The Page Six gossips at The New York Post reported the other day that newly minted MSNBC host Ronan Farrow could not be asked any sticky personal questions -- mostly about his warring family over charges of sexual abuse by Woody Allen against his sister Dylan Farrow -- at an event where he was winning a "Cronkite Award" after being a journalist for three days.
Who demanded the brand-new journalist not be asked tough questions by journalists? In an update after the event, the group honoring Farrow, Reach the World, first told Page Six it came from Farrow’s publicists, then completely flip-flopped and claimed it wasn’t Farrow’s publicists:
Halstead told us in writing, “We would like you to sign the form or indicate by return email that you understand our goals to stay completely on message given the surrounding circumstances. We will not tolerate press questions about personal or family affairs related to Mr. Farrow in any circumstance at this event.”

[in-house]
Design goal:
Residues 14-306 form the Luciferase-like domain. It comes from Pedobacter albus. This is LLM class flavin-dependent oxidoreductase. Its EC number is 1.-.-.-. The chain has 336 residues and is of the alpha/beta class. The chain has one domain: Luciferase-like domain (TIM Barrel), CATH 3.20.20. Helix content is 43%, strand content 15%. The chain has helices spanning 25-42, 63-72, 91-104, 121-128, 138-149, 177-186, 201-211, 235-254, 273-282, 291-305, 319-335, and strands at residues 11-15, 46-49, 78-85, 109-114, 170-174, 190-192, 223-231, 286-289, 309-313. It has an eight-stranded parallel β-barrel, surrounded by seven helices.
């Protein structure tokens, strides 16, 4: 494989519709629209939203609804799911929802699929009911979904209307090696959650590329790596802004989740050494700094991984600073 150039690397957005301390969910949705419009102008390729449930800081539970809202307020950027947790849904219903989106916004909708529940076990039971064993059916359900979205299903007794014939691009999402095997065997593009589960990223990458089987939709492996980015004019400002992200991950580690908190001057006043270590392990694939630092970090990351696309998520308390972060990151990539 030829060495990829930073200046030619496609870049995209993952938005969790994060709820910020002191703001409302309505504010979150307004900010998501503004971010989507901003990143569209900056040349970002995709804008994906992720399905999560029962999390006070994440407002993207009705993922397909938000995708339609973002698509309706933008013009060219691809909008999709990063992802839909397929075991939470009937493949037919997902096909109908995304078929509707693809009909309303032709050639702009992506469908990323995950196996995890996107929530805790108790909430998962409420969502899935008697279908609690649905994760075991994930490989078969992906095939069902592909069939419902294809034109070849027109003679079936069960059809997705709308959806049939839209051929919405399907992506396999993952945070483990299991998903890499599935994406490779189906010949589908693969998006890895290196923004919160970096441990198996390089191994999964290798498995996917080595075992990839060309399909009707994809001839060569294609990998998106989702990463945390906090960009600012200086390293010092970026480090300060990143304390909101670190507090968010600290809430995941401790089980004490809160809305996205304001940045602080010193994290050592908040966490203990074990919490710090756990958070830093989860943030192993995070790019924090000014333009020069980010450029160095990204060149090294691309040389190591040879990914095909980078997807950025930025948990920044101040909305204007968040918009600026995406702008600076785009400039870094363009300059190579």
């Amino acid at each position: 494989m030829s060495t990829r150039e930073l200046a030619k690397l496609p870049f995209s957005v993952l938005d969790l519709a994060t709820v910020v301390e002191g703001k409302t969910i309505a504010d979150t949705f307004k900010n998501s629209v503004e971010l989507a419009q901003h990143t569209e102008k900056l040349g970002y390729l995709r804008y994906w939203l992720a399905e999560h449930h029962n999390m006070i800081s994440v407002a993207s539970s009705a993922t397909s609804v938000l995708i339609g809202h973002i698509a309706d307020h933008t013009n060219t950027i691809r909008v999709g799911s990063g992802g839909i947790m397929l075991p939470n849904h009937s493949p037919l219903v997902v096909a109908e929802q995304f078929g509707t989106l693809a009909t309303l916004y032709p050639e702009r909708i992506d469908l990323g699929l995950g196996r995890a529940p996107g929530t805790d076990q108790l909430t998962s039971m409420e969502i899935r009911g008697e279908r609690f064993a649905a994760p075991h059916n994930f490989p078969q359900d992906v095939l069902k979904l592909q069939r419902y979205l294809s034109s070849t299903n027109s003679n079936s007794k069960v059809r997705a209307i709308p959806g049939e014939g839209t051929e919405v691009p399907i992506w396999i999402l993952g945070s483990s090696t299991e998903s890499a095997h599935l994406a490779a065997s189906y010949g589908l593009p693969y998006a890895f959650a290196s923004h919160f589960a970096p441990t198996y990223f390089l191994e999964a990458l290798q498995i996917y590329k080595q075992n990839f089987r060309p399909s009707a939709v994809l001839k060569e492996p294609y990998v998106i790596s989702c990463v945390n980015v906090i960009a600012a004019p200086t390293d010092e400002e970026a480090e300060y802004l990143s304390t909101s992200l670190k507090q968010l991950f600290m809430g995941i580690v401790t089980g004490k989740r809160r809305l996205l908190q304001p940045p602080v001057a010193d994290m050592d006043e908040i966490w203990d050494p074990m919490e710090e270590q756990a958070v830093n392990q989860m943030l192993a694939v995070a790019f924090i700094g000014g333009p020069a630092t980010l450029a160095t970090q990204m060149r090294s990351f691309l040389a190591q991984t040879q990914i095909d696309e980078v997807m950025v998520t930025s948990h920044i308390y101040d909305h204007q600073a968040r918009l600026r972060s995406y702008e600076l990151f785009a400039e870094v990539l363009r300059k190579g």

We then asked who the directives were coming from, and Halstead responded via email, “His team direct to you, but we would do it anyway any time there were circumstances such as these that required it.”
Following our report, Ronan’s team went into full spin mode, with his rep insisting he was not aware of the restrictions and had not asked for them. Under pressure from Ronan’s team, Reach the World issued a press release with Halstead saying, “Ronan and his team did not request any restrictions whatsoever on reporters’ questions. Communication between Reach the World and members of the press have been the sole responsibility of RTW. We apologize to Ronan for the error.”
Despite the fact that we dealt with her directly, Halstead then falsely told The Wrap, “There was a misinterpretation between the Page Six reporter and our event planners.”
We’ve re-read Halstead’s emails, and the misinterpretation was not ours.
Farrow himself tweeted: “Oh, you so crazy, rumor of the day – I’d never demand anyone not ask me anything, obviously. (Doesn’t mean I have to answer though.)” And, “Maybe I can earn a Cronkite award by investigating how long it’ll take me to actually live up to a Cronkite award?”